Fed chair appears before Congress, reiterates likelihood of more rate hikes

Powell presents Federal Reserve's Monetary Policy Report to House Financial Services Committee

Affirming that the current halt to interest rate hikes is very likely just a pause, Federal Reserve Chair Jerome Powell appeared before Congress and reiterated that more rate hikes are likely in the near term.

Powell’s comments come exactly a week after the Federal Open Market Committee’s last meeting, in which its members opted not to raise the central bank’s benchmark interest rate for the first time in 14 months. Presenting the Fed’s semiannual Monetary Policy Report to the House Financial Services Committee, Powell said that May’s decision against another rate increase doesn’t necessarily telegraph policy moving forward.

He acknowledged the hardships that the Fed’s proactive policy has had on rate-sensitive parts of the economy, such as the real estate market. Powell also noted that “uncertain lags” between monetary policy decisions and their impacts on the economy made it prudent to pause rate hikes for the time being. But as it relates to reining in inflation, he averred that while inflation has eased, the job remains unfinished.

“We at the Fed remain squarely focused on our dual mandate to promote maximum employment and stable prices for the American people,” Powell said in his introductory remarks. “My colleagues and I understand the hardship that high inflation is causing, and we remain strongly committed to bringing inflation back down to our 2% goal. Price stability is the responsibility of the Federal Reserve, and without it, the economy does not work for anyone.”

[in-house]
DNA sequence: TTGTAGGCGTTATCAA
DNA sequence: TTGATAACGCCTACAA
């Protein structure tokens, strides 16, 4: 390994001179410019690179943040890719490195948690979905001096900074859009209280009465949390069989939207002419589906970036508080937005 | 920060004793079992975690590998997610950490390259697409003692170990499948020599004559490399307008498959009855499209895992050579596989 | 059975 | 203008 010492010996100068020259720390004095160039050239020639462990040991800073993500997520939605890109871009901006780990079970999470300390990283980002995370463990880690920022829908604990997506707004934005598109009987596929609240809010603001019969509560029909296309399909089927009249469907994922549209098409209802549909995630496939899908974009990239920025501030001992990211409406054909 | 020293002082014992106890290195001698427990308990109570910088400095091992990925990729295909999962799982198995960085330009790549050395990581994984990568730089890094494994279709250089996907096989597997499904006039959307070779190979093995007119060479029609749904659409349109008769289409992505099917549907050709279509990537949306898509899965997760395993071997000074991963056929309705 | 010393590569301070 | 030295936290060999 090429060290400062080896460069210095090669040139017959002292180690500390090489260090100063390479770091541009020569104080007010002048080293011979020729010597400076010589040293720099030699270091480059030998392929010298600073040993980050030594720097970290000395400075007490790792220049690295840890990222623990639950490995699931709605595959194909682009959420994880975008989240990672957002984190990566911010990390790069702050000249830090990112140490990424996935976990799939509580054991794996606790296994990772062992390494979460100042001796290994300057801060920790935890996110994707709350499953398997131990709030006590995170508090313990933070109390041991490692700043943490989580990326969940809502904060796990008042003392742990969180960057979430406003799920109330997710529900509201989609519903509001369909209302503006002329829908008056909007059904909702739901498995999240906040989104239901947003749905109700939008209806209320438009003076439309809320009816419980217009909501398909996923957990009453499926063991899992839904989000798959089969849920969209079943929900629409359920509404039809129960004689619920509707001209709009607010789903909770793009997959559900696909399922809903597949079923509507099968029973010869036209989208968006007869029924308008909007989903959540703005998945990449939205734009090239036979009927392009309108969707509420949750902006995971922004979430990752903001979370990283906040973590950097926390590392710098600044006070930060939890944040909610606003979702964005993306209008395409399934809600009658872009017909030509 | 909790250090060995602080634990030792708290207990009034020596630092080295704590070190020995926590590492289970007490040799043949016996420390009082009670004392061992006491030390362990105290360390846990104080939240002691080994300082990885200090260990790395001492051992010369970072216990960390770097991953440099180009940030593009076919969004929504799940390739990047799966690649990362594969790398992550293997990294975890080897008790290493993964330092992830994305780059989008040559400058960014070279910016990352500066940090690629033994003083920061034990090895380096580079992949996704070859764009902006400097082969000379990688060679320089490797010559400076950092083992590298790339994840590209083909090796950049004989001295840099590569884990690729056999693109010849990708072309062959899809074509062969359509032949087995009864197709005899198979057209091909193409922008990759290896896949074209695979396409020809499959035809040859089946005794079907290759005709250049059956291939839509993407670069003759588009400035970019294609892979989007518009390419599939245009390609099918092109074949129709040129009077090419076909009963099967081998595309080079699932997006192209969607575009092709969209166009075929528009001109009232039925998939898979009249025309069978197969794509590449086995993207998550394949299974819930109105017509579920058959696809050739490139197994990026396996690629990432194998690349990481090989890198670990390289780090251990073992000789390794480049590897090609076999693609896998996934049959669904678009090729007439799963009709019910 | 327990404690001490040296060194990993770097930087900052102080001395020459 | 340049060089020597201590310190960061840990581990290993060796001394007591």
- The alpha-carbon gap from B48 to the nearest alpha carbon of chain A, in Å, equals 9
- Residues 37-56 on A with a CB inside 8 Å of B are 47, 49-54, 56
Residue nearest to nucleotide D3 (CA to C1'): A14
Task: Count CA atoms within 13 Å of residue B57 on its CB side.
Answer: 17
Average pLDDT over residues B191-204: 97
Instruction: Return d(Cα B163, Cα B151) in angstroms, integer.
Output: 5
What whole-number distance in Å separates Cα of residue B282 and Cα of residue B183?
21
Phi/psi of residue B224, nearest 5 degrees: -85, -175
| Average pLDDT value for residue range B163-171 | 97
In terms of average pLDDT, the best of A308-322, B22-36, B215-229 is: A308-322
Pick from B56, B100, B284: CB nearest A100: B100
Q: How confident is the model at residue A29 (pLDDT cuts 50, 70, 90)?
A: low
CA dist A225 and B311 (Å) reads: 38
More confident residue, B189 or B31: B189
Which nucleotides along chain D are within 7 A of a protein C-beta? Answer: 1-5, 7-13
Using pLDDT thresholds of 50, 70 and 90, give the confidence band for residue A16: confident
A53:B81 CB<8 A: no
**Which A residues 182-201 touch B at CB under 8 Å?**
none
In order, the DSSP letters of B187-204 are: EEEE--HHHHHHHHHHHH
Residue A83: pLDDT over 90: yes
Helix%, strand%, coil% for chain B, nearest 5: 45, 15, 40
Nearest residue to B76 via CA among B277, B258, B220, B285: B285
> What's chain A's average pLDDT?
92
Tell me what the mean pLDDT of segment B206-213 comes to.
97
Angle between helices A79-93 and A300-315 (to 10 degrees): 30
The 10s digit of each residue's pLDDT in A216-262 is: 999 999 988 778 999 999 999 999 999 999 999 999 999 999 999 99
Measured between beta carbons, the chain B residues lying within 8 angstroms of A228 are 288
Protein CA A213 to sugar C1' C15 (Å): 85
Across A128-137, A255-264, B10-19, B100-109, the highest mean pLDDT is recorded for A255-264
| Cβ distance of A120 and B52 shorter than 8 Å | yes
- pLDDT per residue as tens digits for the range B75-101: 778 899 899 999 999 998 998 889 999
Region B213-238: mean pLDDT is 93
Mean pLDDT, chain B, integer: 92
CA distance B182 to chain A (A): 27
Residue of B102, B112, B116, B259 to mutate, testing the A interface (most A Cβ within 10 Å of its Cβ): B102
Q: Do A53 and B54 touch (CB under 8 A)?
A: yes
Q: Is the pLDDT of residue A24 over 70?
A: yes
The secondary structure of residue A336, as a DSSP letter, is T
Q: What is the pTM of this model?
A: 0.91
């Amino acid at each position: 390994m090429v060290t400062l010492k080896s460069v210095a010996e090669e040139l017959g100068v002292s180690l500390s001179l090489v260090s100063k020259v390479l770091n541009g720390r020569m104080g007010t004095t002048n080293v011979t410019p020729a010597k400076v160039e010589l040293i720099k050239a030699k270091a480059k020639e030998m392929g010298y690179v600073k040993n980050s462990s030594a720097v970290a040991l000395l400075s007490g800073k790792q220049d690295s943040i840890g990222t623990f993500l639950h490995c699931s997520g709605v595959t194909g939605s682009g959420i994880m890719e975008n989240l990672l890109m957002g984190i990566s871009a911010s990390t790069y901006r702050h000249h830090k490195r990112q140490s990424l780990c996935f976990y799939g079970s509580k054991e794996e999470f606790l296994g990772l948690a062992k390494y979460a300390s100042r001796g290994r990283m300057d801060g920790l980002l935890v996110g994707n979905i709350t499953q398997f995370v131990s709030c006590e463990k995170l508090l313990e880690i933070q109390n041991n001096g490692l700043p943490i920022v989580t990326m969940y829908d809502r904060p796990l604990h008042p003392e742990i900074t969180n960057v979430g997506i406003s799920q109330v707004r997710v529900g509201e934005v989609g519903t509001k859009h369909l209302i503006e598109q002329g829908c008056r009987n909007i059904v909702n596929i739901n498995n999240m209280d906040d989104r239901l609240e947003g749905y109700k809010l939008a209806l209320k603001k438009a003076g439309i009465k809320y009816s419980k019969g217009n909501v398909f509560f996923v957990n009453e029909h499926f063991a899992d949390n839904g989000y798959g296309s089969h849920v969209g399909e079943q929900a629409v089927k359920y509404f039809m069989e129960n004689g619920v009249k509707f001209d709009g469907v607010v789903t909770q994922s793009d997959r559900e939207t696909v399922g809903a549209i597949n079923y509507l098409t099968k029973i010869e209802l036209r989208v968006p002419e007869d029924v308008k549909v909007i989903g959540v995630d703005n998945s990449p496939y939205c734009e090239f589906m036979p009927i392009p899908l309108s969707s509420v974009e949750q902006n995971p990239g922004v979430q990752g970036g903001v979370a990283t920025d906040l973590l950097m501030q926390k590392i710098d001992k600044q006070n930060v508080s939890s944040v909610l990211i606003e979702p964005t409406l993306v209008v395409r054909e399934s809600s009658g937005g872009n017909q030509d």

He added that “reducing inflation is likely to require a period of below-trend growth and some softening of labor market conditions” but that bringing prices back to a stable range is necessary to maximize economic fundamentals in the long haul.

Financial projections released after the Federal Reserve’s meeting last week already implied a return to more hawkish policy later in the year. Fed policymakers offered a median projection of an additional 50 basis points to the anchor rate before the close of 2023 — the equivalent of two more rate increases if the Fed moves in increments of one-quarter percentage point. Also, nine of the 18 policymakers contributing to the projections predicted two more increases this year, while Powell told Congress that “nearly all FOMC participants expect that it will be appropriate to raise interest rates somewhat further by the end of the year.”

Powell did say that while the Fed felt it was important to be aggressive in the early goings of the inflation fight, such urgency isn’t as critical now. But his statements to the House clarified that any hopeful expectations of an extended reprieve from rate increases should be subdued.

“Chairman Powell made clear today that the pause at this month’s meeting was most likely temporary,” said Marty Green, principal at San Antonio-based mortgage law firm Polunsky Beitel Green. “Inflation concerns continue to be at the forefront. One benefit in telegraphing a potential increase in rates at future meetings is that it dampens or eliminates the hope of possible decreases in the fed funds rate for the remainder of 2023, which some market participants continued to harbor.

“While the Fed may be somewhat patient in assessing incoming data, Chairman Powell made clear the Fed will not be complacent in the inflation fight and is prepared to make one or two further hikes if necessary to get inflation more under control.”


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